As the youngest spiritual advisor of Foshana in over a century, Sai-Jun performs his duties with a single-mindedness that comes from years of study and training…or at least, he’d like to, except that a fateful encounter with a certain young man nearly a year ago continues to invade his thoughts. Worse still, that young man is Shen-Fei, son of General Shen-Ya, whose dangerous temper has inspired Sai-Jun’s intense dislike.
For all his father’s ambitions, Shen-Fei has no wish to follow in his footsteps as a warrior. Instead, his passion is for drawing—something the general will not tolerate. He also hides a dark secret that he dares not share with anybody—not even the one person who might be able to help.
With emotions threatening to come to a head amid the ever-present game of politics, will secrets be exposed too late? And even once they’re revealed, will Sai-Jun and Shen-Fei be able to resolve past misunderstandings and rekindle their lost love?
Thunder boomed overhead. In the dimness of the palace library, blessedly abandoned at this hour, a few guttering lamps fixed to the wall threw shadows over Sai-Jun’s face as Shen-Fei drew him closer.
They kissed—Shen-Fei didn’t know who did so more fiercely, but by the time they parted briefly to draw breath, his own lips felt bruised and swollen. Sai-Jun growled something—Shen-Fei didn’t know what, the words lost to the pounding of the rain—and he didn’t much care. Together, they dragged each other across the room until Shen-Fei’s body met bare stone wall, deliciously cool against overheated skin.
He felt drunk, though he’d had little more than a cup of sweet red wine. If anything, Sai-Jun was probably the drunker of the two. Though usually outwardly self-possessed to the point of coldness, tonight, in response to the many toasts celebrating his official appointment as spiritual advisor—the youngest person to be afforded the role in over a century—Sai-Jun had been given no other option but to politely accept. His normally pale features were faintly pinkened, his somber elegance thrown slightly off. Or maybe more than slightly, Shen-Fei supposed, half-gasping, almost tempted to laugh at the thought, as he was turned and shoved unceremoniously against the wall once more when he attempted to kiss Sai-Jun again. Not that he minded. Gods above, why had it even taken this long? He’d been interested in Sai-Jun for years, had thought Sai-Jun had been interested too…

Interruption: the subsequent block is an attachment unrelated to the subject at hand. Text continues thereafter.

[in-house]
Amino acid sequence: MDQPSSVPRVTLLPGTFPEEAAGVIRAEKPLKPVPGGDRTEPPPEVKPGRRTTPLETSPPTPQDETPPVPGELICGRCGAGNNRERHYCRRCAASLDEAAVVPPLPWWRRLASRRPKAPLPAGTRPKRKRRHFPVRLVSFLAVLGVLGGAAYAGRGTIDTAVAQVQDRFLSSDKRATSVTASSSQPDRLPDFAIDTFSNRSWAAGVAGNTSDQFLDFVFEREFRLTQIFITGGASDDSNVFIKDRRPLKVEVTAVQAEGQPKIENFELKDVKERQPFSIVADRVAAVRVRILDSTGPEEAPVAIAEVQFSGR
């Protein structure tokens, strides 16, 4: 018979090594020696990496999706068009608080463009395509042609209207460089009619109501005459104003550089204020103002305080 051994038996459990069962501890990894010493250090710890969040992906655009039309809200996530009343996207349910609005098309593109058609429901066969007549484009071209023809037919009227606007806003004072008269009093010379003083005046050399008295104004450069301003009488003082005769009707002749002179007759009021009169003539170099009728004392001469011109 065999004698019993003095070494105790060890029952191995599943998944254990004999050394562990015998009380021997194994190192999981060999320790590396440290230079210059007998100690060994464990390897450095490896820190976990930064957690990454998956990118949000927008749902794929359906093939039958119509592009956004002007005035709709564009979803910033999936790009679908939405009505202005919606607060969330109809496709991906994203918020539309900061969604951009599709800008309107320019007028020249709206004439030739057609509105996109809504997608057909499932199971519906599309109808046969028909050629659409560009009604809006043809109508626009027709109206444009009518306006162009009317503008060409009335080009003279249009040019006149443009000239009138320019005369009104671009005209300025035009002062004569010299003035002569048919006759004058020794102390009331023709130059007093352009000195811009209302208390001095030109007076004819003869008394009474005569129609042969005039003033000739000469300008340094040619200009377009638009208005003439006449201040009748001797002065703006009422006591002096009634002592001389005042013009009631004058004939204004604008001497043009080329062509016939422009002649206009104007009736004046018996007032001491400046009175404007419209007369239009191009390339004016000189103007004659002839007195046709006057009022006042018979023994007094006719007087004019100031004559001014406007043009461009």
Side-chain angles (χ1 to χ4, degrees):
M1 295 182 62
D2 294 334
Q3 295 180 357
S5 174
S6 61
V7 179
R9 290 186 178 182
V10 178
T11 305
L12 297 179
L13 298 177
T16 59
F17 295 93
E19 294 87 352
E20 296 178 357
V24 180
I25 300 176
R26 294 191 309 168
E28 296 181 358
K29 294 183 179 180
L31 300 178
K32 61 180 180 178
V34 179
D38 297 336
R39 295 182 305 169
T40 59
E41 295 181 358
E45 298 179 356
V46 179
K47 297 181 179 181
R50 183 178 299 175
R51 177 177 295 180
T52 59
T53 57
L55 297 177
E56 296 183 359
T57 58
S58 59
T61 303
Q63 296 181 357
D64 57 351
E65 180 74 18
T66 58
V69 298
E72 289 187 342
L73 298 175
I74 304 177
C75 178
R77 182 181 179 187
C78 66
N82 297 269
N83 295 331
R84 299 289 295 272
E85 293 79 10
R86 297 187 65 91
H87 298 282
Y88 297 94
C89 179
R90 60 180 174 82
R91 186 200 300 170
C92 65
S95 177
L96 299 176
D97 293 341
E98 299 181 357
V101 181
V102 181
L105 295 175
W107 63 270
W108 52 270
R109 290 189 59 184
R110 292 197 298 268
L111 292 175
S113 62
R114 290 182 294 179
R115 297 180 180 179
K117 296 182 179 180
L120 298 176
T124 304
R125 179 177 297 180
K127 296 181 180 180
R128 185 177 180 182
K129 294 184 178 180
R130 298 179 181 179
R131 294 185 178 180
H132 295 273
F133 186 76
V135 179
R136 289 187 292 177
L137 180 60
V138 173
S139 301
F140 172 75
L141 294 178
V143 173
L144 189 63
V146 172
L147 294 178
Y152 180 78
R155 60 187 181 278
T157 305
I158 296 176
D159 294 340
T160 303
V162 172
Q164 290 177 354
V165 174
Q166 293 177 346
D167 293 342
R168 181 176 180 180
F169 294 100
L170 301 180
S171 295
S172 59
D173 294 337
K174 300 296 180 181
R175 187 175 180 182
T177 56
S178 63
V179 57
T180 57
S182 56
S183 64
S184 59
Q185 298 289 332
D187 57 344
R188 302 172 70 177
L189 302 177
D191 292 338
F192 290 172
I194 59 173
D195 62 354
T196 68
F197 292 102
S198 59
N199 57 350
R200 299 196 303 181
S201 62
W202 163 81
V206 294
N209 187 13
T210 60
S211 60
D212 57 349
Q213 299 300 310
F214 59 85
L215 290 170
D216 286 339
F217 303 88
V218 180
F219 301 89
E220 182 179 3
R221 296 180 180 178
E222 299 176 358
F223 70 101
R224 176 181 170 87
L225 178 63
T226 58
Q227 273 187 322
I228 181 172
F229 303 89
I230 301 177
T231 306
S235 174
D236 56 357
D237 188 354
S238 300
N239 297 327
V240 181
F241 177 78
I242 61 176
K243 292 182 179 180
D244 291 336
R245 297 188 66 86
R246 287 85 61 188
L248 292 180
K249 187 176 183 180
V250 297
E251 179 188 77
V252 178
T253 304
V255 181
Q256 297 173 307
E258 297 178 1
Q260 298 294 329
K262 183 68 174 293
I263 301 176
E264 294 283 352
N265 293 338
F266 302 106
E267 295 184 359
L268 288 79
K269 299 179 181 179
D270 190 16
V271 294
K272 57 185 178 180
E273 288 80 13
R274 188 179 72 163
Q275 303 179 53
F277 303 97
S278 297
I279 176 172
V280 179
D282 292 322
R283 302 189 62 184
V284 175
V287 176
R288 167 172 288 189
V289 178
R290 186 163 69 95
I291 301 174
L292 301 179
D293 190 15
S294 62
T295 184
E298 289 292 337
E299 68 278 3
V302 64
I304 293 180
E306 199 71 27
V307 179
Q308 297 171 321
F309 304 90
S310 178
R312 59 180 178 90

“Ahhh…” He smothered another gasp, this one turning into a groan as he felt Sai-Jun’s hands over him, probably as inexperienced as Shen-Fei’s own, but intent in their fevered wanderings. But when he felt Sai-Jun begin to tug insistently at his robes, he suddenly remembered, and the sweat over his body turned cold. “No. Don’t. Here, just…”
He fumbled at the bottom of his robes instead, pulling them up, a little ashamed of this wanton display, but there was no helping it. It was this or nothing—and he badly wanted this, enough to risk everything. Enough to risk being discovered, in spite of what was at stake. If he could just have this without Sai-Jun seeing too much...
His heart, beating frantically, felt as though it might burst from his chest. Just as long as Sai-Jun didn’t know. And he wouldn’t. Shen-Fei wouldn’t allow it. His secret would remain safe, so long as Sai-Jun took the gods-be-damned hint and just—